Past Reviews

Regional Reviews: Washington, D.C.

Shakespeare Theatre Company
Review by Susan Berlin | Season Schedule

Also see Susan's reviews of The Band's Visit and Bright Colors and Bold Patterns

Keith Baxter and Michael Urie
Photo by Scott Suchman
Audiences who missed Michael Urie's electric performance as Hamlet last year at the Shakespeare Theatre Company's Sidney Harman Hall in Washington now have another chance. Hamlet is the 29th annual production in the company's Free for All program, with free tickets for performances through July 21 available both online and in person.

Craig Baldwin has recreated Michael Kahn's original direction, which brings William Shakespeare's tragedy into a contemporary setting powered by suspicion and surveillance. John Coyne's scenic design turns the Danish palace at Elsinore into a world of severe metal walls and security cameras, where Secret Service-like guards inspect visitors and the ghost of Hamlet's father (Keith Baxter) appears on closed-circuit television monitors.

Bristling intelligence is the core of Urie's portrayal: Hamlet's eyes seem to glow as he tries to take in his father's death, his mother's marriage to his father's brother, and his uncle succeeding his father as king of Denmark. While he's cerebral to the point of living inside his own head, he's also demonstrative when he needs to be, open and genuine with his friend Horatio (Federico Rodriguez) and thrilled to greet the company of traveling actors. (Baxter, a matchless actor and director with six decades of credits, appears as the Player King and the garrulous Gravedigger as well as the Ghost.)

Ayana Workman plays Ophelia as an innocent teenager, trading texts with Hamlet but unaware of the darker currents surrounding her. (She's horrified that anyone might think her bond with Hamlet is sexual.) This fragility may foreshadow her later collapse, but it also brings out the underside of Hamlet's anguish as he targets her.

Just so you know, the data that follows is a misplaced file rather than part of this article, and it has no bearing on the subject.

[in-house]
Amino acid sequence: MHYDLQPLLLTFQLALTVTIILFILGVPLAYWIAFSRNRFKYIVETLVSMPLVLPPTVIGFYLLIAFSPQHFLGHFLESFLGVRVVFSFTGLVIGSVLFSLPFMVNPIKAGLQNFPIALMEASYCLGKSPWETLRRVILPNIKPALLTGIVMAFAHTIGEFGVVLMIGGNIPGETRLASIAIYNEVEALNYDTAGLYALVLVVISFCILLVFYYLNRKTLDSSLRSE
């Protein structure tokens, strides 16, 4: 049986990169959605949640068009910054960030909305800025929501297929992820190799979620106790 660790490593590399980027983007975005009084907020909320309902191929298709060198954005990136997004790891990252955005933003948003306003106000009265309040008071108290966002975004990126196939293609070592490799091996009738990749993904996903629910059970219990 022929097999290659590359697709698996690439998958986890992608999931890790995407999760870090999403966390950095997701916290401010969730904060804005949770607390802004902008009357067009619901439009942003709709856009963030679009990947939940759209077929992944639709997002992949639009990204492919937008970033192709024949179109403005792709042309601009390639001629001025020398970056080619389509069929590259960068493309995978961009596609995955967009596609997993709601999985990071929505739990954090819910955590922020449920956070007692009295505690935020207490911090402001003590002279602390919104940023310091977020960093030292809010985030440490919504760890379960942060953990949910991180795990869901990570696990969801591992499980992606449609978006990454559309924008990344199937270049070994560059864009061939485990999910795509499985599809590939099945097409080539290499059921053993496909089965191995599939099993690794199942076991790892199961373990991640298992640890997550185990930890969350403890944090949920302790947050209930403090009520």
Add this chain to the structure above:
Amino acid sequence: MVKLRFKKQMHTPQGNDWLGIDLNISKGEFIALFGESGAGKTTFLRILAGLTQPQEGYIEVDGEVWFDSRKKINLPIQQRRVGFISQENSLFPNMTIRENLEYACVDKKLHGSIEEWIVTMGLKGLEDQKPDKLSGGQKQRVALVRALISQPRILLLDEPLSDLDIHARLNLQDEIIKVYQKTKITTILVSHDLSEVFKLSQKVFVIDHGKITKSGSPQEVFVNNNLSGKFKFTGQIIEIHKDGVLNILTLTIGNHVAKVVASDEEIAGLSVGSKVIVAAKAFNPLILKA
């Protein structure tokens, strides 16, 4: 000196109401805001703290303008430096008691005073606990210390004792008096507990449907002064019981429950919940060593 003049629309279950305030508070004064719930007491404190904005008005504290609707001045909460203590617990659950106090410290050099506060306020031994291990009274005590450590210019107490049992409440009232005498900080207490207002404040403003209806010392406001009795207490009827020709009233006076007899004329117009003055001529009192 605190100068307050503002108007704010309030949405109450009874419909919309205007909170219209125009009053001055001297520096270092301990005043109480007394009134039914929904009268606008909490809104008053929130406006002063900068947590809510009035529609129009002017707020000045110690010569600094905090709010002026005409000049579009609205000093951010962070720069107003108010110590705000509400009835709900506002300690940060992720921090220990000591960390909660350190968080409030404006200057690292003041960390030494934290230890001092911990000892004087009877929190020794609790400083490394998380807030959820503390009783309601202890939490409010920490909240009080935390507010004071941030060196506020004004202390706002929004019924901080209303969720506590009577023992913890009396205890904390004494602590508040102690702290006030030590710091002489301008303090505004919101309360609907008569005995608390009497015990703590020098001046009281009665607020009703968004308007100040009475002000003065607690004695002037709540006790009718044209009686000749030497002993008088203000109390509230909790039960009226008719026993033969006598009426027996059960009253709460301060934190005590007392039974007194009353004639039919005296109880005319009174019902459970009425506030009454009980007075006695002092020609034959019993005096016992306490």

Robert Joy plays Polonius as outwardly avuncular but as manipulative as the guilt-ridden Claudius (Alan Cox). Not only does this Polonius do what the kingdom asks of him, he spies on his own children, sending a spy to shadow Laertes (Paul Deo Jr.) in Paris or electronically eavesdropping on Ophelia and Hamlet. Cox has the sleek exterior of a politician, and Madeleine Potter is both elegant and despairing as Gertrude.

Jess Goldstein's costume designs bring color to the grim monochrome settings, notably Potter's gowns and the 1940s-style traveling outfits for the players.

Shakespeare Theatre Company-Free for All
July 10th - 21st, 2019
By William Shakespeare
Hamlet, prince of Denmark: Michael Urie
Claudius, king of Denmark, Hamlet's uncle: Alan Cox
Gertrude, queen of Denmark, Hamlet's mother: Madeleine Potter
Ghost of Hamlet's father, former king of Denmark: Keith Baxter
Polonius, counselor to the king: Robert Joy
Ophelia, Polonius' daughter: Ayana Workman
Laertes, Polonius' son: Paul Deo Jr.
Horatio, Hamlet's friend and fellow student: Federico Rodriguez
Rosencrantz, former schoolfellow of Hamlet: Tim Nicolai
Guildenstern, former schoolfellow of Hamlet: Kelsey Rainwater
Voltemand, ambassador to Norway: David Bryan Jackson
Cornelia, ambassador to Norway: Lise Bruneau
Player King: Keith Baxter
Player Queen: Lise Bruneau
Lucianus: Chris Genebach
Prologue: Krystel Lucas
Osric, in the employ of Claudius: Gregory Wooddell
Reynaldo, in the employ of Polonius: Michael Haller
Marcella, security guard: Krystel Lucas
Barnardo, security guard: Chris Genebach
Francisco, security guard: Omar D. Cruz
Gravedigger: Keith Baxter
Priest: David Bryan Jackson
Fortinbras, prince of Norway: Krystel Lucas
Ensemble: Grace Brockway, Omar D. Cruz, Michael Haller, Megan Huynh, Joe Mucciolo, Keanu Ross-Cabrera, Jeff Allen Young
Directed by Craig Baldwin
Original direction by Michael Kahn
Harman Center for the Arts, Sidney Harman Hall
610 F St. NW
Washington, DC
Ticket Information: 202-547-1122 or 877-487-8849 or